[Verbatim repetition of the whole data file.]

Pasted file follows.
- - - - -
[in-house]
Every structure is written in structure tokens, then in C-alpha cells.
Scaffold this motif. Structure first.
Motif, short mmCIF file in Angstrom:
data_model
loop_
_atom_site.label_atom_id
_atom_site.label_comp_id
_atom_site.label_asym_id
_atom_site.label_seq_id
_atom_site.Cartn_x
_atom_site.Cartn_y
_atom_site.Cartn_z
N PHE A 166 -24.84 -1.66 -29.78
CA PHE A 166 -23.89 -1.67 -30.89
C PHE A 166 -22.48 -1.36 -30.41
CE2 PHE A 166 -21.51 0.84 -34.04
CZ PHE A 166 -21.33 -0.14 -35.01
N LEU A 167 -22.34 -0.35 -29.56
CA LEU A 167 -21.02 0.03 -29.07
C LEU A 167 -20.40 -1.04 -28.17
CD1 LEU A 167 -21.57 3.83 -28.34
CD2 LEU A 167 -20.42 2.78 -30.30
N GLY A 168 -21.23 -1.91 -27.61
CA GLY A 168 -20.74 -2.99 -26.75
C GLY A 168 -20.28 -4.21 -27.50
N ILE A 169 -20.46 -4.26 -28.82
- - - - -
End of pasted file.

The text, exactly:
[in-house]
Every structure is written in structure tokens, then in C-alpha cells.
Scaffold this motif. Structure first.
Motif, short mmCIF file in Angstrom:
data_model
loop_
_atom_site.label_atom_id
_atom_site.label_comp_id
_atom_site.label_asym_id
_atom_site.label_seq_id
_atom_site.Cartn_x
_atom_site.Cartn_y
_atom_site.Cartn_z
N PHE A 166 -24.84 -1.66 -29.78
CA PHE A 166 -23.89 -1.67 -30.89
C PHE A 166 -22.48 -1.36 -30.41
CE2 PHE A 166 -21.51 0.84 -34.04
CZ PHE A 166 -21.33 -0.14 -35.01
N LEU A 167 -22.34 -0.35 -29.56
CA LEU A 167 -21.02 0.03 -29.07
C LEU A 167 -20.40 -1.04 -28.17
CD1 LEU A 167 -21.57 3.83 -28.34
CD2 LEU A 167 -20.42 2.78 -30.30
N GLY A 168 -21.23 -1.91 -27.61
CA GLY A 168 -20.74 -2.99 -26.75
C GLY A 168 -20.28 -4.21 -27.50
N ILE A 169 -20.46 -4.26 -28.82